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Literature and UnionScottish Texts, British Contexts$
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Gerard Carruthers and Colin Kidd

Print publication date: 2018

Print ISBN-13: 9780198736233

Published to Oxford Scholarship Online: January 2018

DOI: 10.1093/oso/9780198736233.001.0001

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John Bull, Sister Peg, and Anglo-Scottish Relations in the Eighteenth Century

John Bull, Sister Peg, and Anglo-Scottish Relations in the Eighteenth Century

(p.41) 2 John Bull, Sister Peg, and Anglo-Scottish Relations in the Eighteenth Century
Literature and Union

Alasdair Raffe

Oxford University Press

This chapter analyses John Arbuthnot’s The History of John Bull (1712), an allegorical satire of the War of the Spanish Succession. As well as introducing the figure of John Bull, who became a recognizable symbol of the English people, Arbuthnot featured Bull’s sister Peg, who represents Scotland. With these characters, Arbuthnot provided an insightful interpretation of the passage of the Anglo-Scottish Union. The chapter goes on to discuss the many eighteenth-century imitators of Arbuthnot’s satire. Few featured Sister Peg or commented on Scotland’s place in the Union. The main exceptions were works by Scots, notably Adam Ferguson’s History of the Proceedings in the Case of Margaret, Commonly called Peg (1761), and other literary works and visual satires of the early 1760s, a time of intense Anglo-Scottish rivalries.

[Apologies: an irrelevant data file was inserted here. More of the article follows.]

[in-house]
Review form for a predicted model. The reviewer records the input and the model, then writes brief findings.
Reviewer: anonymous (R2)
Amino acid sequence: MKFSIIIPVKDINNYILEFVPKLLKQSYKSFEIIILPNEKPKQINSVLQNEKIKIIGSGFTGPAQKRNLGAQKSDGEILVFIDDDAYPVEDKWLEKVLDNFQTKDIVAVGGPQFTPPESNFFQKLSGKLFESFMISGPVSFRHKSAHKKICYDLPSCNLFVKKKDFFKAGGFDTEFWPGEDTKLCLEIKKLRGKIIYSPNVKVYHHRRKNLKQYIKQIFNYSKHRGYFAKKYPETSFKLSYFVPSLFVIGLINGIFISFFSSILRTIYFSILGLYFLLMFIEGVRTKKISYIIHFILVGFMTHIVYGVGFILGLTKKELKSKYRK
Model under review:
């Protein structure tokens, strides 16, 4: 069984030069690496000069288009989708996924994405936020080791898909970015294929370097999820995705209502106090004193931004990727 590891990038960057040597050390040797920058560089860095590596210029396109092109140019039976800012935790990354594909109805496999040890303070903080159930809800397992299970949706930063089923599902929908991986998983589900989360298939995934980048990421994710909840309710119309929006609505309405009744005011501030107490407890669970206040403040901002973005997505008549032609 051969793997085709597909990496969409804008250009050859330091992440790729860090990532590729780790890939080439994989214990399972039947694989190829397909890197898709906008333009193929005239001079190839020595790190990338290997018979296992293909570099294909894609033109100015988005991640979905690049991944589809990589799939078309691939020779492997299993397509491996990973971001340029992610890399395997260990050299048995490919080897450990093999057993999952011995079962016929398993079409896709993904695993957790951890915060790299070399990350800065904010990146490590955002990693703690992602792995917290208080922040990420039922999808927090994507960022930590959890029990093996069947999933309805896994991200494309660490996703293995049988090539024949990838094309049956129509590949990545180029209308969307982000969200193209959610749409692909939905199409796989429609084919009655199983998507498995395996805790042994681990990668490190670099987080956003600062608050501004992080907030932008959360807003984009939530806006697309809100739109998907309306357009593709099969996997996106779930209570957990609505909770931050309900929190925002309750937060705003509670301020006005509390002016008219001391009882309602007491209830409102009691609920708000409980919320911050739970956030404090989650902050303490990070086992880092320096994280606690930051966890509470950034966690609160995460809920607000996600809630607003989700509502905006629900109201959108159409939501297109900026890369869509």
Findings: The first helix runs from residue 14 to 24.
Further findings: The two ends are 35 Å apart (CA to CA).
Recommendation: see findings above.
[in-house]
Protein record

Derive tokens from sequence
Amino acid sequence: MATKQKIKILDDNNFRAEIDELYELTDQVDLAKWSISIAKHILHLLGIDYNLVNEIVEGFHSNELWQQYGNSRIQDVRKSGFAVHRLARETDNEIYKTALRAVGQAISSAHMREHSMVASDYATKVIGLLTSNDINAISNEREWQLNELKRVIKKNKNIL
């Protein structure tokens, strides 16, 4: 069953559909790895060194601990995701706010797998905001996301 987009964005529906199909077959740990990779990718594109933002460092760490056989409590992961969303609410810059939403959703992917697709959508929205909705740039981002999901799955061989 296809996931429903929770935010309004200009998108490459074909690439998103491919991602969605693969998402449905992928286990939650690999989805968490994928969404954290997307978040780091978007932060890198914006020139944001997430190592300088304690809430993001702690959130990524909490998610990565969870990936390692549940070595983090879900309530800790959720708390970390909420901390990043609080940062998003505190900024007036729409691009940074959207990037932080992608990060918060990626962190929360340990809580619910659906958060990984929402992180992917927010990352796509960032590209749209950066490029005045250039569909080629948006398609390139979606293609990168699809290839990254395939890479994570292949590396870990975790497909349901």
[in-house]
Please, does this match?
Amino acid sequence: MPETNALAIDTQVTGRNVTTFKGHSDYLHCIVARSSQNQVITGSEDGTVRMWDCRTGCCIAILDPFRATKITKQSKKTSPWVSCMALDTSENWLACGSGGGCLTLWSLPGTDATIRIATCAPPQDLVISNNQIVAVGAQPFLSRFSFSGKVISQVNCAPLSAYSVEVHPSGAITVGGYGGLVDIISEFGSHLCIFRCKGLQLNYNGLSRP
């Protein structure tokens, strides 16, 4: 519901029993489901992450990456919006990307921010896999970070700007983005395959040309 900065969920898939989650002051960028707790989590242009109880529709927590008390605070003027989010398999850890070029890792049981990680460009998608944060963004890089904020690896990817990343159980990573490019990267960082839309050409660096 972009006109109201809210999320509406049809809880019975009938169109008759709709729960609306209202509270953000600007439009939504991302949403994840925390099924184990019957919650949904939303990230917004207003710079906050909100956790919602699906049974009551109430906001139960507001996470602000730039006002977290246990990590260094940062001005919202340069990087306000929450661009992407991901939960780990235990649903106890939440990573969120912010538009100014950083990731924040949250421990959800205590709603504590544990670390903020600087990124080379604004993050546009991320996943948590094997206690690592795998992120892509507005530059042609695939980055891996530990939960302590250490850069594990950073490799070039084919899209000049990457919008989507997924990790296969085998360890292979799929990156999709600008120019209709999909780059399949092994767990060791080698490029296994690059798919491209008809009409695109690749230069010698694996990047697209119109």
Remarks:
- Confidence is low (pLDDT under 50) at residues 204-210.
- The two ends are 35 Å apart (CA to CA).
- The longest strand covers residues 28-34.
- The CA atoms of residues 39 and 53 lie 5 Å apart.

Keywords:   John Arbuthnot, War of the Spanish Succession, Anglo-Scottish Union, Jonathan Swift, Adam Ferguson, John Stuart, third Earl of Bute

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